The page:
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Why does gold discolor?
Mrs. Gottrocks
Fine Jewelry and Gifts

copyright 2000, Sheryl Suko

You may think that faulty manufacturing or underkarating might be the problem when a gold ring "turns," blackening or discoloring either the skin, clothing or the jewelry itself. However, this is not the case.

There are several reasons for discoloration of gold jewelry, such as metallic abrasion and corrosion, and they can sometimes be prevented with some general care.

Metallic Abrasion
The most common reason for jewelry "turning" is metallic abrasion, caused by makeup on your skin or clothing. Cosmetics often contain compounds harder than the jewelry itself. These compounds wear or rub off very tiny particles of the precious metals. Very finely divided metal always appears black, rather than metallic, so it looks like a jet-black dust. When this dust comes into contact with absorbent surfaces such as skin or clothing, it sticks, forming a black smudge. To prevent this, you should try switching cosmetics. If this is not possible, we recommend that you remove your rings and other jewelry while applying your makeup, and then clean the skin areas which will be in contact with the jewelry with soap and water before putting the jewelry on.

Corrosion
Hairspray, perfume, perspiration, smog and other chemicals can also cause discoloration. In this case, the discoloration is the actual corrosion of the metals which are mixed, or alloyed, with the gold. Different gold manufacturers may use different alloy percentages. Gold itself does not corrode, or oxidize, but its primary alloy materials, silver and copper, will do so. When they oxidize they form very dark chemical compounds under moist or wet conditions.

When you perspire, fats and fatty acids released in the perspiration can cause corrosion of 14 karat gold, especially when exposed to warmth. This problem can be worse in seacoast areas, where chlorides combine with the perspiration to form a corrosive element that discolors skin. Even smog fumes will gradually attack jewelry and its effect is evident as tarnish that rubs off on the skin.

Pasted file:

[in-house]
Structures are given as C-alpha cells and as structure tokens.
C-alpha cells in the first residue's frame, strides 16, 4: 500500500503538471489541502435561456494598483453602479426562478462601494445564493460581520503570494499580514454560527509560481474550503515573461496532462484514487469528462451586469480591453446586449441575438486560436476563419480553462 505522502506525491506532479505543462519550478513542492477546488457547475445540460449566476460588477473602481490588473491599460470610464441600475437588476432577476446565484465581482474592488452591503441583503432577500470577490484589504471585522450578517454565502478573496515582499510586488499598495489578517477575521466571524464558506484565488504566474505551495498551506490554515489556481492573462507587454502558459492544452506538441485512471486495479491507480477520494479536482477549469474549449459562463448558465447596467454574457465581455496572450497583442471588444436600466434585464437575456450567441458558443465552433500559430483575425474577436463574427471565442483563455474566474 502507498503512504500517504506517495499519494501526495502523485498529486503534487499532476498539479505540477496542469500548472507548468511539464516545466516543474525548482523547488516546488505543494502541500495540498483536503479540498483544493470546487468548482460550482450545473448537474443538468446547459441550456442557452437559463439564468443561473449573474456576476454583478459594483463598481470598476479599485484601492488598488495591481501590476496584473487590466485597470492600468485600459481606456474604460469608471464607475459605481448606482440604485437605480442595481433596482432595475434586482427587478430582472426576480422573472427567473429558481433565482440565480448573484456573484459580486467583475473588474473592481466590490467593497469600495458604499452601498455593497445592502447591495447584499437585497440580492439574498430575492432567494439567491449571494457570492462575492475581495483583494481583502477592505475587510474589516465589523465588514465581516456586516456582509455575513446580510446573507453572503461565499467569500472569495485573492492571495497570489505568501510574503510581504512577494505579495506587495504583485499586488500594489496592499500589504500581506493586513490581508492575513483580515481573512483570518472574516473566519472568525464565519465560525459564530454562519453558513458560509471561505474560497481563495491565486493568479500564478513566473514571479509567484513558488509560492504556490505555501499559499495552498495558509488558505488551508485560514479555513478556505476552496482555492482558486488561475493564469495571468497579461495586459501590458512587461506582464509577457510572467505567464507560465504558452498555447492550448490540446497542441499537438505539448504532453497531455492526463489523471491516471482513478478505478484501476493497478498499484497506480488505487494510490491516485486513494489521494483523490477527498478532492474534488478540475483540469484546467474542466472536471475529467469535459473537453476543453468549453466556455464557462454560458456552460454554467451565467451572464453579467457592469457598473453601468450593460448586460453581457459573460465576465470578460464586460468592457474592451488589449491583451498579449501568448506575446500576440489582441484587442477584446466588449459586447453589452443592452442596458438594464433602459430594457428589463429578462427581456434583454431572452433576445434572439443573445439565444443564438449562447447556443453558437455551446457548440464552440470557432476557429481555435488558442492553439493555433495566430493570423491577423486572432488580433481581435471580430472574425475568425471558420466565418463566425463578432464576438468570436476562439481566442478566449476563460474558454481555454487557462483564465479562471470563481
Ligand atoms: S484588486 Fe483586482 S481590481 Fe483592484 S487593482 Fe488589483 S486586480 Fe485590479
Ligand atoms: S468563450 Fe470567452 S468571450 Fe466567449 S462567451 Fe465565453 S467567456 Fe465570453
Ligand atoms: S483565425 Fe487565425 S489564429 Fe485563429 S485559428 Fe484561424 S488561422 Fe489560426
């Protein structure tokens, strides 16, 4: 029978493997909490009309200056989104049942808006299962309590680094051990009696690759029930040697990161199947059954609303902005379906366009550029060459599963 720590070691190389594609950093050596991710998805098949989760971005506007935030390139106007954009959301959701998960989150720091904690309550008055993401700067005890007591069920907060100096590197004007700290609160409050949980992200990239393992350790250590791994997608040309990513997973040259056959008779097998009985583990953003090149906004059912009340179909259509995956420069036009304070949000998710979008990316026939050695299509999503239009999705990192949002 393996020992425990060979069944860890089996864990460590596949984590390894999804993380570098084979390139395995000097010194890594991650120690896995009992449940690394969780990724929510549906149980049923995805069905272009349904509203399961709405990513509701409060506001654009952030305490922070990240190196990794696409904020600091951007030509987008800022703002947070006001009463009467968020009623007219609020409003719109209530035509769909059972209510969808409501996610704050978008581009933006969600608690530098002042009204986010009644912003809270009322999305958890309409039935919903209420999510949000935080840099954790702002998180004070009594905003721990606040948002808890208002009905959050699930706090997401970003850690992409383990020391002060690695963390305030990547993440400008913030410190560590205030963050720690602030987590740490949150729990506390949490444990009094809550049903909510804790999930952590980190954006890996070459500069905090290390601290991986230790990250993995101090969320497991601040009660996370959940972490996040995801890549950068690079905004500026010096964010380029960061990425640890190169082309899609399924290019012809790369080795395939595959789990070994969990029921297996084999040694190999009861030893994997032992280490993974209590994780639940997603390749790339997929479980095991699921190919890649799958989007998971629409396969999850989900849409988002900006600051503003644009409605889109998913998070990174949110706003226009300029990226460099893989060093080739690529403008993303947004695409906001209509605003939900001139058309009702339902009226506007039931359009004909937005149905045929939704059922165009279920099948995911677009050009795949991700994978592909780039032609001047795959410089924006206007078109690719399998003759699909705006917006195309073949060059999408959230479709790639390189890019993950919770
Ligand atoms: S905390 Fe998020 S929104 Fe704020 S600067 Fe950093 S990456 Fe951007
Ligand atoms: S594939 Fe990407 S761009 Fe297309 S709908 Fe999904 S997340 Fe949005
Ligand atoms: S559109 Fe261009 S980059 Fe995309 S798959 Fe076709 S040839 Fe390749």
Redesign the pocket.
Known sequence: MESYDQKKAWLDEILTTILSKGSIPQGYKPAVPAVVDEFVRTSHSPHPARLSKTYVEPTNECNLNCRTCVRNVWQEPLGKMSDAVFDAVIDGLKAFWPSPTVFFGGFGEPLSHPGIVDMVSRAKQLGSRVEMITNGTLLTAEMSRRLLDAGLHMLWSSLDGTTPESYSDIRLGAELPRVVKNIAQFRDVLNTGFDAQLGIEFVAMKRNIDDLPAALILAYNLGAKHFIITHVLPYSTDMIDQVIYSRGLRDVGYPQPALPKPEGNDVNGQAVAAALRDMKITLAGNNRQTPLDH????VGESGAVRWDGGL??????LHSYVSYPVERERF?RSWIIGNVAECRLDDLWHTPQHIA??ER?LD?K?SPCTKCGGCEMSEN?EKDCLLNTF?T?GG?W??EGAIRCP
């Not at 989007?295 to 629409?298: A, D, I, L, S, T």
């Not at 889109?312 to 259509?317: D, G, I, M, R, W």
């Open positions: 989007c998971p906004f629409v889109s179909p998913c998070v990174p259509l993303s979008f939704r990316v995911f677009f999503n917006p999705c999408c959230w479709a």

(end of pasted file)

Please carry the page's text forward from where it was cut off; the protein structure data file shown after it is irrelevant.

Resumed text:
Under these conditions, we suggest that you remove your jewelry often, and use an absorbent powder which is free of abrasive compounds on the skin which comes in contact with the jewelry. Sometimes, the actual design of the jewelry can be an influencing factor. Wide shanks (the underside portion of the ring) have more surface area to contact abrasives or corrosives. Concave surfaces inside a shank form natural collection points that trap moisture and contaminants, and can also cause a type of dermatitis.

General Care
We suggest removing all rings before using soaps, cleaning compounds or detergents, and that you clean and rinse your rings frequently. (Ask Mrs. Gottrocks or your local jeweler about the proper way to clean colored and organic stones so you won't ruin them by mistake.) As well as solving the problem, you'll be amazed at how much better your rings look! Of course, any time you stop in, most any jeweler would be glad to clean your rings in your presence for you at no charge while you browse.

In addition to these corrective measures, if your problem persists, we recommend that you switch to 18 karat gold or platinum jewelry. The lower alloy metal content of 18 karat gold, 25 percent versus almost 42 percent, significantly reduces the problem, and the use of platinum should eliminate it completely. You may also have 10 karat and 14 karat jewelry plated with a layer of 18 karat gold, but keep in mind that depending on how often you wear the jewelry, you may have to re-plate the jewelry again at a later date, and sometimes plating does not entirely solve the problem.

We hope this information has been of assistance to you. Please feel free to email us with your questions or suggestions for future topics.

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